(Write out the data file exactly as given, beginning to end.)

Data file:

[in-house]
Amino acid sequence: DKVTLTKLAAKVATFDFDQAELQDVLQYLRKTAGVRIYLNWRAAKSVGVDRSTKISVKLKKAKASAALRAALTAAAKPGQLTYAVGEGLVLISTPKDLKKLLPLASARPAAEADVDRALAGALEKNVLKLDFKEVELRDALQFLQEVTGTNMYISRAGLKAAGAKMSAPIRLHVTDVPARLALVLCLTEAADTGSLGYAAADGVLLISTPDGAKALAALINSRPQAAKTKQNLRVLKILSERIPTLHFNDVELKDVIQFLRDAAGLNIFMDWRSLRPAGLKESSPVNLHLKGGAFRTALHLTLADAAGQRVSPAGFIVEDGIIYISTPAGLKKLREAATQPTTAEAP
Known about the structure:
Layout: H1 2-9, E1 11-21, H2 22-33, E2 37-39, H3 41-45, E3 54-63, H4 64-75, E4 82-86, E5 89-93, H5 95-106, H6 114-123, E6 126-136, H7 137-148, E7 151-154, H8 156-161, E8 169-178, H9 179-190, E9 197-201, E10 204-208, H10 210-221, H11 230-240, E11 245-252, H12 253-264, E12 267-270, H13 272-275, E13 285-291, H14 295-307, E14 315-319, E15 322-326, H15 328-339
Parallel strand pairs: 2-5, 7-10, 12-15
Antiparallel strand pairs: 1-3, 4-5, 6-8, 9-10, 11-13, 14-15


[in-house]
Amino acid sequence: DKVTLTKLAAKVATFDFDQAELQDVLQYLRKTAGVRIYLNWRAAKSVGVDRSTKISVKLKKAKASAALRAALTAAAKPGQLTYAVGEGLVLISTPKDLKKLLPLASARPAAEADVDRALAGALEKNVLKLDFKEVELRDALQFLQEVTGTNMYISRAGLKAAGAKMSAPIRLHVTDVPARLALVLCLTEAADTGSLGYAAADGVLLISTPDGAKALAALINSRPQAAKTKQNLRVLKILSERIPTLHFNDVELKDVIQFLRDAAGLNIFMDWRSLRPAGLKESSPVNLHLKGGAFRTALHLTLADAAGQRVSPAGFIVEDGIIYISTPAGLKKLREAATQPTTAEAP
Known about the structure:
Layout: H1 2-9, E1 11-21, H2 22-33, E2 37-39, H3 41-45, E3 54-63, H4 64-75, E4 82-86, E5 89-93, H5 95-106, H6 114-123, E6 126-136, H7 137-148, E7 151-154, H8 156-161, E8 169-178, H9 179-190, E9 197-201, E10 204-208, H10 210-221, H11 230-240, E11 245-252, H12 253-264, E12 267-270, H13 272-275, E13 285-291, H14 295-307, E14 315-319, E15 322-326, H15 328-339
Parallel strand pairs: 2-5, 7-10, 12-15
Antiparallel strand pairs: 1-3, 4-5, 6-8, 9-10, 11-13, 14-15